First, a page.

Ceroc (and Ceroll)

So, what do you do if you really enjoy dancing, but would rather not meet up with some of the people in the local tango scene?

You join Ceroc.

Tonight I was feeling a little tired and drained after being out and about all day, and it was very tempting to slump in front of the TV, and do nothing. But no, I shaved, breeshed teeth, and headed out to my very first ever Ceroc class.

It was a lot of fun, and the instructors were extremely welcome to a nervous looking newbie. I spent the first hour picking up some very basic dance moves, and concentrating furiously on not breaking any noses, or stepping on any toes. The people there were all lovely, a wide age range, and it was nice to see a full dance hall, as opposed to the dribs and drabs of tango people rattling around which I’ve come to expect.

The music was excellent, the dancing was fun. I will go back.

A Ration of Passion

I remember in one of those tiresome discussions that seem to sweep around from subject to subject, my protagonist declaiming “You aren’t passionate about anything!”.

Douglas Adams used to claim that this was true of those of B*lg**n race (in fact, the people of Earth are not only guilty of turning the Krikkit wars into a rather dull and pointless game, but taking the worst swear word of all and making into a country name).

So, for all of those who think I’m dispassionate, cold, and a teensy bit boring, here are things I’m passionate about:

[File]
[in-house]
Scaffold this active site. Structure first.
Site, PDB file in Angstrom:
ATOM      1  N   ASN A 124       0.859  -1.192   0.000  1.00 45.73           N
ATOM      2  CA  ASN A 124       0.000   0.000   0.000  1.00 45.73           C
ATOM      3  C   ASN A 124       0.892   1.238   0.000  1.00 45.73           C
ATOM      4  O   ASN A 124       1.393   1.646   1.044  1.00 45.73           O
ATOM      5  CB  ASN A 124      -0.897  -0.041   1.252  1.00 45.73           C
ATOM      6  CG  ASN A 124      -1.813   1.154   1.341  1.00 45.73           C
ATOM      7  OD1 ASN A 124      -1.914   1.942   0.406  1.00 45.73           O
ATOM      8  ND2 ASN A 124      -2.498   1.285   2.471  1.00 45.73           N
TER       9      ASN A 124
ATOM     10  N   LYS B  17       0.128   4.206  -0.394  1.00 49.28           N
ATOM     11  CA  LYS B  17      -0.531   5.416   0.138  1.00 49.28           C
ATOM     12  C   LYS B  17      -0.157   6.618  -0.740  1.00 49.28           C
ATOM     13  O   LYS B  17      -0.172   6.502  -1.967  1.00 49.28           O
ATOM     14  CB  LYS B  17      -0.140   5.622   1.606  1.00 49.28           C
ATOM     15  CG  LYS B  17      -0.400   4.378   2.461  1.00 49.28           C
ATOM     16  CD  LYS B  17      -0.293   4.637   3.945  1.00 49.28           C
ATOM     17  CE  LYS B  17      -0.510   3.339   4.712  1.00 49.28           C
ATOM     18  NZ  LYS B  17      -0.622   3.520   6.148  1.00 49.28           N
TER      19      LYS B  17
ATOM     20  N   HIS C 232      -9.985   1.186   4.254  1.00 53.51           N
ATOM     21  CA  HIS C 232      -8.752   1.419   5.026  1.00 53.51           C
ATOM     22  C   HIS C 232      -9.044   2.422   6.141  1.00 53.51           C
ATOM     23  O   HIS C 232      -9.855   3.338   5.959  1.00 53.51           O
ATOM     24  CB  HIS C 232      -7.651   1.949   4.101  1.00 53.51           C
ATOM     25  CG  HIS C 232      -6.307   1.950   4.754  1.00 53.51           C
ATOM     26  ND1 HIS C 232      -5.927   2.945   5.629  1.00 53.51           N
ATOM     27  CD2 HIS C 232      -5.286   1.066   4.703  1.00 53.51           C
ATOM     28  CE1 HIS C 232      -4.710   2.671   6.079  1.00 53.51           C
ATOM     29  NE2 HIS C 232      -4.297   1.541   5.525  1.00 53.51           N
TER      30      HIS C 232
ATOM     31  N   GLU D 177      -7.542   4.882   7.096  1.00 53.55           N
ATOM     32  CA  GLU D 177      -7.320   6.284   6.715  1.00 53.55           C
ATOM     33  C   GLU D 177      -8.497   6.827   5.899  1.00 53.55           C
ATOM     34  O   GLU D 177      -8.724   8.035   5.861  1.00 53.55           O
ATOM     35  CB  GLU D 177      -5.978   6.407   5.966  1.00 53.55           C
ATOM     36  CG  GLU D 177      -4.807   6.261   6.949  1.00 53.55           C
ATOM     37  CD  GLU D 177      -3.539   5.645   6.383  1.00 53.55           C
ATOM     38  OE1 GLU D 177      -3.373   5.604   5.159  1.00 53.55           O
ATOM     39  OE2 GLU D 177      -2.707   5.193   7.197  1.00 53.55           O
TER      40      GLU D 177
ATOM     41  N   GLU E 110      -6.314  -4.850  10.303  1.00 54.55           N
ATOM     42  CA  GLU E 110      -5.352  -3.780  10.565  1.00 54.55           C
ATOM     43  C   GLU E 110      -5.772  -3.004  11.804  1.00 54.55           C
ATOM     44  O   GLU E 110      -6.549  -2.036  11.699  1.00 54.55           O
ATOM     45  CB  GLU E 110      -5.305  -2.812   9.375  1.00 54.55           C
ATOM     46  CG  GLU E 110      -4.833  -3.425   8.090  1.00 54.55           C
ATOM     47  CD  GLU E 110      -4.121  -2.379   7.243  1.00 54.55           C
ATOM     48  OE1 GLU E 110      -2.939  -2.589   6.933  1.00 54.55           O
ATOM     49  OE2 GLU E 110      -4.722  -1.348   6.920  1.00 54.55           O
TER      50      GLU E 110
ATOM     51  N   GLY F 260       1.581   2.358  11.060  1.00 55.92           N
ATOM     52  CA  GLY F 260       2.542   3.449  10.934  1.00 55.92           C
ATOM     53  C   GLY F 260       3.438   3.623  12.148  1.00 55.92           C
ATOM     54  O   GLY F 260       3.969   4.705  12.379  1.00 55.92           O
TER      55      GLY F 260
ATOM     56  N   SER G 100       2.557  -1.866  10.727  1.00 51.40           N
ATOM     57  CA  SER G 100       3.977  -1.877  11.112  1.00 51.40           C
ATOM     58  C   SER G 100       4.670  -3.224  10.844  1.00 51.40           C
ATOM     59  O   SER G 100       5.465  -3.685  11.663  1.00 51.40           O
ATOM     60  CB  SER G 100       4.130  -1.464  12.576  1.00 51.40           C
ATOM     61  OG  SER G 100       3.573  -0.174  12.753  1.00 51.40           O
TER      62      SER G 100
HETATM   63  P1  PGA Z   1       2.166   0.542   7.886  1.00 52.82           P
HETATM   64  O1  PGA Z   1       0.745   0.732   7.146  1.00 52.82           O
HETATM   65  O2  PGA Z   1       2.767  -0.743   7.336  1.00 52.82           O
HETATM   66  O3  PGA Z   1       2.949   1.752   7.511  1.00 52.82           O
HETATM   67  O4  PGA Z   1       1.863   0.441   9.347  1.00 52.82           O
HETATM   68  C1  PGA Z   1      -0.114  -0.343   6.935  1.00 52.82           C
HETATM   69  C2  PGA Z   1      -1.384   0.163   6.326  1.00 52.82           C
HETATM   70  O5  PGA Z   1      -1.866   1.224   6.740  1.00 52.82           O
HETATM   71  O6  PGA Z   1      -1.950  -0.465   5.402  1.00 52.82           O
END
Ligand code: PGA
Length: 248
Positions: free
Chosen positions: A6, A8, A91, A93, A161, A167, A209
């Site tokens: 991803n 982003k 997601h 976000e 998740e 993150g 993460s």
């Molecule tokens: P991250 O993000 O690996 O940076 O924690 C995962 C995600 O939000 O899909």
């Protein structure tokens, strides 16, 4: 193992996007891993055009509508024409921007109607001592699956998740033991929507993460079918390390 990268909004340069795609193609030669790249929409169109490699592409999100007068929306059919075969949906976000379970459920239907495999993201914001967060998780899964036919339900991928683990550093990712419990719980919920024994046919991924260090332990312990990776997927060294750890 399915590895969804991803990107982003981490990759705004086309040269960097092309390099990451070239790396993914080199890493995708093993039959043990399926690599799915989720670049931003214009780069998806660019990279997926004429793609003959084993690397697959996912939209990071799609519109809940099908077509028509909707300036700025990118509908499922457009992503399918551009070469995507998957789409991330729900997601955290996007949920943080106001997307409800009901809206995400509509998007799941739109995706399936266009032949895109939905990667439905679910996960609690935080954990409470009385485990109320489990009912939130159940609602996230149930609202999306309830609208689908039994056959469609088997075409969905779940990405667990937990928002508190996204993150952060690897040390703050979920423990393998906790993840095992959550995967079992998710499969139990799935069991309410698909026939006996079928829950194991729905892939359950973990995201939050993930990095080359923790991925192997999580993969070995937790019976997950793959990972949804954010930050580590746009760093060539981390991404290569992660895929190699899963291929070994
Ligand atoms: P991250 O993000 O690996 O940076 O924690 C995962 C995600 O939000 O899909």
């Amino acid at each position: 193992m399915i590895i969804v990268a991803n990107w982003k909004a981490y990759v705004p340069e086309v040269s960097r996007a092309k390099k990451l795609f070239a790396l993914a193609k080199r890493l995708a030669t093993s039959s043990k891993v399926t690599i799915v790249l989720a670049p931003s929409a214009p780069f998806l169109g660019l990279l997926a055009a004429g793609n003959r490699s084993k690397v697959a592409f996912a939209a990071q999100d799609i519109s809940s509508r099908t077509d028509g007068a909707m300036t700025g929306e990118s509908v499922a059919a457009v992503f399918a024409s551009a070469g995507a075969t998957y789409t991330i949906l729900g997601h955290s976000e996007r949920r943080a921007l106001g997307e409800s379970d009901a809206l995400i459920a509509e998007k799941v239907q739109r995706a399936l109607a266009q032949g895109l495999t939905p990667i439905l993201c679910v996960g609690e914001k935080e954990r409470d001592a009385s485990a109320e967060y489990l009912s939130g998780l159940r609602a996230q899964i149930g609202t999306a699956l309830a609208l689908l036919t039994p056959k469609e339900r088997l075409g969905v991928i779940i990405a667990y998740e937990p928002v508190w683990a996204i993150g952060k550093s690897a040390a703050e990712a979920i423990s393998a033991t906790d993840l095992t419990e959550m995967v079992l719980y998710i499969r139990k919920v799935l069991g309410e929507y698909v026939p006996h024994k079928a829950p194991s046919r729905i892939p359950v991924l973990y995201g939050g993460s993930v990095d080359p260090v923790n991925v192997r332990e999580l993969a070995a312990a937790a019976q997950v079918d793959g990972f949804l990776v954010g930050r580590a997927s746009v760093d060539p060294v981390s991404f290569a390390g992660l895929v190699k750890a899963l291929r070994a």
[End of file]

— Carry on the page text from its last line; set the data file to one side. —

• Cars. I could happily spend hours listening to Clarkson, and reading his writing. I love driving, and the XKR is more fun than I’ve had in years. I spent yesterday mostly driving for pleasure, met an old friend of 20 years for lunch, and we went for an explore afterward :) Many years ago I did a performance driving course at the BRDC in Silverstone, and I loved it to bits. I should really do another one.
  • Getting fit. No really. I’ve spent years being terribly, terribly unfit. 2007 is proving to be the Year It Changes. This is linked to a desire to get behind the wheel of fast cars (see point 1), and at some point, get my pilot’s license.
  • Photography. I don’t spend nearly as much time behind the camera as I’d like to. I really enjoy taking pictures, especially non-posed shots. If photography is Art, and the purpose of Art is to hold a mirror up to Life, then posed shots are not good art, although if you do it well you can thaw people out of this terribly stiff victorian poses they seem determined to adopt.
  • Music. I love listening to it, playing it, and writing it (although I don’t expect you to like the stuff I write). At home I have a rather nice Yamaha electronic piano, and the geek in me has tried to hook it up to the PC that is rather handily standing by. My father recommends me to join a choir, perhaps I should. Although what choir hall could improve on the acoustics of my shower :-)
  • Dancing. Well, I enjoy this. Its fun, its good exercise, and as someone described it, its a “three minute love affair”. I’m getting myself a little fitter before I launch back onto the scene, although I feel completely different to the man I was say, 12 months ago. I’m a little nervous about some of the people in the tango set around here, I’m thinking about Ceroc. I’m not sure I’m passionate about this though. Not yet.